becomes the dominating figure in the household. Her polished manners
and her intellectuality soon win the admiration of every one. But she
falls in love with the elder brother of the young man, and he in love
with her. The young man, realizing that the heroine no longer loves
him, pretends that he has fallen in love with another woman and asks
her to release him of his promise to marry her. The heroine is happy.
But when she finds out that the husband of the woman the elder brother
had had an affair with is dead, she induces him to go back to her
telling him that they would never be happy unless he did the right
thing by that woman. The heroine returns to the stage.
Frederick Lonsdale’s “The High Road,”
has furnished the plot. The picture was directed by Sidney Franklin
intelligently. Basil Rathbone is the elder brother, Ralph Forbes the
young brother. The talk is clear.
—Harrison’s Reports, June 21, 1930
The plan to bore Elsie so that she would yearn to return to the stage
backfires. Three weeks after she moved in, there is music in the house.
She has endeared herself to Lord Crayle, whom she affectionately calls "Craylie."
Edward comes over to the house at least three times a week to enjoy
Elsie's company. Elsie enjoys his company, too. They are falling in love.
When Elsie learns that Edward is leaving for Paris in the morning, she
contrives an excuse to speak with him in private. He blurts out that he
loves her, and says he's going to Paris to see Lady Helen Hale and break
off their relationship. He felt he needed to do it in person. And then he
wants to marry Elsie. After talking of their love and making plans for the
future, they hurry off to dress for dinner.
John introduces Elsie to the family.
Elsie tries to leave the house.
While the family is gathered and waiting for
dinner, Ernest turns on the radio to hear the weather report. They hear
the news that Lord Victor Hale has died suddenly. This means that his
widow, Helen, is now free to marry Edward—just as he's about to break off
their relationship! What does this mean for Edward and Elsie?
John comes to realize that Elsie loves Edward. Like a true gentleman,
he doesn't confront her or accuse her of betrayal. He gives her a gracious
way out of their betrothal by telling her that he accepted an appointment
to India, and it wouldn't be fair to ask her to wait.
Elsie tells the butler to put through a long-distance call to
Paris, to Lady Victor Hale.
Frederick Lonsdale’s play, “The High
Road,” comes to the screen as a talker under the title of “Lady of
Scandal,” but there’s little scandal in the lady and nothing of
consequence in the picture itself.
As a program picture of ordinary
strength, audiences will accept it as mildly interesting. It cannot
hope to reach beyond that classification. The story has an English
background, and the rather slow and draggy stage tempo has not been
eliminated in the screen adaptation. But it is doubtful whether or not
anything better could have been done with the material at hand.
Ruth Chatterton is spotted in the title
role and provides most of the sparkle on the otherwise dull surface.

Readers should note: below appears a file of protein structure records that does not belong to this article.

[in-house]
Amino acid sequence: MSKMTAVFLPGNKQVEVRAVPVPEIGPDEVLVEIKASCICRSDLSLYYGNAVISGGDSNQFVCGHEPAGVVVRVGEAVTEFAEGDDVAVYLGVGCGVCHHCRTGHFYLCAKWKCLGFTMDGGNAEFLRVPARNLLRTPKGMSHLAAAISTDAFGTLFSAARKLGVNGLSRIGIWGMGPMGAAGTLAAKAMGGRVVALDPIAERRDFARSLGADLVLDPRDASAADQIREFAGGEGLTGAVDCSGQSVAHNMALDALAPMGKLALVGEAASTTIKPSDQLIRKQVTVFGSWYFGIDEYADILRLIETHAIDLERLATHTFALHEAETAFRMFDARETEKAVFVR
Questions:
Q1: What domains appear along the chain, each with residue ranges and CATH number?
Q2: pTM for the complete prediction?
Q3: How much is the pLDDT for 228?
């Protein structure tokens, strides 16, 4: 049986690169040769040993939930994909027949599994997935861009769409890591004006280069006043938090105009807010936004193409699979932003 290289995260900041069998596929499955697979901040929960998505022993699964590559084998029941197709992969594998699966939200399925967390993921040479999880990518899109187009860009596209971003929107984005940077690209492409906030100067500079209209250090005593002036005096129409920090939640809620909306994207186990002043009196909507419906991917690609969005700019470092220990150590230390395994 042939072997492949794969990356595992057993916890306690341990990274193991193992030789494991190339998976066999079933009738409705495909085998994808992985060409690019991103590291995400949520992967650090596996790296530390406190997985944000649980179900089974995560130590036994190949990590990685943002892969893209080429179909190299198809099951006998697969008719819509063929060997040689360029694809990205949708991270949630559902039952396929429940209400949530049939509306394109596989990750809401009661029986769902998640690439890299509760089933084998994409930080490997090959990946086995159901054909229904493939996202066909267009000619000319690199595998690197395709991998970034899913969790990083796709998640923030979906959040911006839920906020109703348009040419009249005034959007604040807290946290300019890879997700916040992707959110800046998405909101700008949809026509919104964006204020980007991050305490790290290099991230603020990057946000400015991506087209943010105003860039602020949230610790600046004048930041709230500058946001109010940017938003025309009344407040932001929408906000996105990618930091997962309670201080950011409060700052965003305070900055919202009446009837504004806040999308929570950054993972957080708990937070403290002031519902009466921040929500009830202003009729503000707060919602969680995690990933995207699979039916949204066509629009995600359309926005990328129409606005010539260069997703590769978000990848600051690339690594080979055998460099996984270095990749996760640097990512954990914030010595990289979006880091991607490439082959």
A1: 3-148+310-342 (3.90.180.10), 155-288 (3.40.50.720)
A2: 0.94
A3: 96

Balance of the cast, including Ralph Forbes and Basil Rathbone, fit in
nicely into their characterizations. Sidney Franklin had little chance
to show anything in direction beyond regulation formula of translating
a stage play to the screen, retaining the staginess thereby.
The story concerns a popular English
actress who consents to marry a young nobleman. The latter takes her
to meet his family, who are up in arms over his intentions. After
piling insults on the girl, an agreement is reached whereby she will
wait six months before marrying the boy.
The girl lives on the estate and
gradually puts pep into the staid members of the family. In so doing,
a secret love affair develops between the actress and Basil Rathbone,
cousin of the intended bridegroom, who is rather noted for his way
with women. The girl discovers Rathbone’s affair with the wife of
another and decides to forget him. But Rathbone makes ardent love and
declares he will give up his current affair. Discovery is made the
woman’s husband has died in Paris, and Chatterton demands Rathbone
make the trip to tell the widow of his new and greater love. While
Rathbone is writing instead of going, Chatterton gets the widow on the
phone and has Rathbone agree to come to Paris at once. Then the usual
“it couldn’t have been otherwise” parting.
Close comes soon after with the young
son deciding to release the actress from her engagement; and she
returns to her old life on the stage as the reigning favorite.
“Lady of Scandal” will probably reach
those week runs where Ruth Chatterton commands drawing power. It is a
weak programmer and is better geared for the one and two day stands
where business stands up as a matter of routine.
Draw comedies are badly needed with this
—review by Walter R. Greene, Motion Picture News, May 31, 1930
Elsie convinces Edward that he must talk to Lady Hale on the phone and
explain that he had met someone else. But Edward couldn't bring himself to
tell Helen what had happened. Elsie is not surprised, and tells him it
could never have worked between them. She and Edward could never have been
happy as long as he still had feelings for Helen. Elsie decides to return
to the stage, and she tells Edward to go to Helen.
The film ends with Elsie back on stage, singing the same song she was
singing at the beginning of the film ("Say It with a Smile").
Edward watches Elsie play tennis.